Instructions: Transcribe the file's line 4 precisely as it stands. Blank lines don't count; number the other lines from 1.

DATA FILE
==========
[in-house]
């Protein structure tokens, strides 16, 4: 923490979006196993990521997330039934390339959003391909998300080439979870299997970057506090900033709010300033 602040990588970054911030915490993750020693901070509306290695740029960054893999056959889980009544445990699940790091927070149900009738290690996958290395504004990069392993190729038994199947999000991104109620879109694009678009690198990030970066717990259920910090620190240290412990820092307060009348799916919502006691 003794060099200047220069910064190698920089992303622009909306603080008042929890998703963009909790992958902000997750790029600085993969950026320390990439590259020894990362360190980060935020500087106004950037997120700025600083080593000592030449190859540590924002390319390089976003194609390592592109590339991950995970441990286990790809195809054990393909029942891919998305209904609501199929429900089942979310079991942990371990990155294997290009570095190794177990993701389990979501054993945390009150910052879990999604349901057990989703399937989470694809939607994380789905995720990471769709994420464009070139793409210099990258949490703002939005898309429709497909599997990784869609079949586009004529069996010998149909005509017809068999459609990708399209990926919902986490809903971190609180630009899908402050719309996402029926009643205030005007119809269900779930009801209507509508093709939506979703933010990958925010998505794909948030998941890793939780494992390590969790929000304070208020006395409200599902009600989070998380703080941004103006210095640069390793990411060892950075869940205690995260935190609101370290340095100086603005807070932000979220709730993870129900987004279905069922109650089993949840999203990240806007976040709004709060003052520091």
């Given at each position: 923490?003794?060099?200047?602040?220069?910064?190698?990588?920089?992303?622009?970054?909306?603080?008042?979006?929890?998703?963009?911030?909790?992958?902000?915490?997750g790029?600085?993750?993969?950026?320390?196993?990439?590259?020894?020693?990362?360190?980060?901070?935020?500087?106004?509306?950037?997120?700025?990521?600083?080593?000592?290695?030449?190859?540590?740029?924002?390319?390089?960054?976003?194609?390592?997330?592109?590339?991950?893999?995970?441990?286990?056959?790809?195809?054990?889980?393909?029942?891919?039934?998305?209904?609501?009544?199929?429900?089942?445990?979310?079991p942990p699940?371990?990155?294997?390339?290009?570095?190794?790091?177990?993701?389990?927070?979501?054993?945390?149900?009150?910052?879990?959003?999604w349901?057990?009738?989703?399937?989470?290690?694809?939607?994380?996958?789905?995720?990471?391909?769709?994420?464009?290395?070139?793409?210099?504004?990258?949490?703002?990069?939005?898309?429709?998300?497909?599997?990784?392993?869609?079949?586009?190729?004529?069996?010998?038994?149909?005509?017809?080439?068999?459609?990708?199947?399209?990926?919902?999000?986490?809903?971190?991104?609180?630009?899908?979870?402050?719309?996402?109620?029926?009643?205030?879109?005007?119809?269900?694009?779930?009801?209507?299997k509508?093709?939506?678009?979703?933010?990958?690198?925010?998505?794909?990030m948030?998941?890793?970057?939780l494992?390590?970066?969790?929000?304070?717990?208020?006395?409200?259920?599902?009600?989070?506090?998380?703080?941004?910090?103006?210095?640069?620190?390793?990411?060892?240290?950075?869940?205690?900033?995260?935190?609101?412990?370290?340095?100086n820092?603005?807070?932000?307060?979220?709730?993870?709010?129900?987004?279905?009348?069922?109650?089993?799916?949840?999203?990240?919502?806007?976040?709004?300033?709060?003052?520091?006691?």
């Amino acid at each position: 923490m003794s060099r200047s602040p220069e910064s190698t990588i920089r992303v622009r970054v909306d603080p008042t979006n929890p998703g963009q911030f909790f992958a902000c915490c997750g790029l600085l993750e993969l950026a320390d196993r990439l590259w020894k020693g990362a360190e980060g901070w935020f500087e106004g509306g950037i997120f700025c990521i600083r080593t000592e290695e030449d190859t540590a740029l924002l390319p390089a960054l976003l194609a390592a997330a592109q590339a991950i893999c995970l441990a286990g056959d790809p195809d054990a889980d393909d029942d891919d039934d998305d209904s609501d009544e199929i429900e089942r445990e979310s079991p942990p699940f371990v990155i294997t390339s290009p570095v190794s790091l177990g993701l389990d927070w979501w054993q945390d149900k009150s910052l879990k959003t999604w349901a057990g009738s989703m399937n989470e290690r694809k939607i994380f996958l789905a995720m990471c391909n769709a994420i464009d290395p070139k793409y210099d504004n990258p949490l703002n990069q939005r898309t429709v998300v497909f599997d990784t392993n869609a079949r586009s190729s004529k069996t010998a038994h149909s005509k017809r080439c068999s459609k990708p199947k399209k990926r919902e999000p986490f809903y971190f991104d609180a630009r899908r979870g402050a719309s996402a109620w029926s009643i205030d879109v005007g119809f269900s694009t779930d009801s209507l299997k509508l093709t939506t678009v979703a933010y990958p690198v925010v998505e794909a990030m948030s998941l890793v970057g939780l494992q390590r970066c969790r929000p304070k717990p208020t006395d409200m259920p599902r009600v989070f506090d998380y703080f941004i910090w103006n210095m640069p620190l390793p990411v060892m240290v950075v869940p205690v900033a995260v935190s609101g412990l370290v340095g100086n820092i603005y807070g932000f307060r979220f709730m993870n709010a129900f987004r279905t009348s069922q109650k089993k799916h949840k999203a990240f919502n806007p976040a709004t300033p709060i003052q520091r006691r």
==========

């Amino acid at each position: 923490m003794s060099r200047s602040p220069e910064s190698t990588i920089r992303v622009r970054v909306d603080p008042t979006n929890p998703g963009q911030f909790f992958a902000c915490c997750g790029l600085l993750e993969l950026a320390d196993r990439l590259w020894k020693g990362a360190e980060g901070w935020f500087e106004g509306g950037i997120f700025c990521i600083r080593t000592e290695e030449d190859t540590a740029l924002l390319p390089a960054l976003l194609a390592a997330a592109q590339a991950i893999c995970l441990a286990g056959d790809p195809d054990a889980d393909d029942d891919d039934d998305d209904s609501d009544e199929i429900e089942r445990e979310s079991p942990p699940f371990v990155i294997t390339s290009p570095v190794s790091l177990g993701l389990d927070w979501w054993q945390d149900k009150s910052l879990k959003t999604w349901a057990g009738s989703m399937n989470e290690r694809k939607i994380f996958l789905a995720m990471c391909n769709a994420i464009d290395p070139k793409y210099d504004n990258p949490l703002n990069q939005r898309t429709v998300v497909f599997d990784t392993n869609a079949r586009s190729s004529k069996t010998a038994h149909s005509k017809r080439c068999s459609k990708p199947k399209k990926r919902e999000p986490f809903y971190f991104d609180a630009r899908r979870g402050a719309s996402a109620w029926s009643i205030d879109v005007g119809f269900s694009t779930d009801s209507l299997k509508l093709t939506t678009v979703a933010y990958p690198v925010v998505e794909a990030m948030s998941l890793v970057g939780l494992q390590r970066c969790r929000p304070k717990p208020t006395d409200m259920p599902r009600v989070f506090d998380y703080f941004i910090w103006n210095m640069p620190l390793p990411v060892m240290v950075v869940p205690v900033a995260v935190s609101g412990l370290v340095g100086n820092i603005y807070g932000f307060r979220f709730m993870n709010a129900f987004r279905t009348s069922q109650k089993k799916h949840k999203a990240f919502n806007p976040a709004t300033p709060i003052q520091r006691r």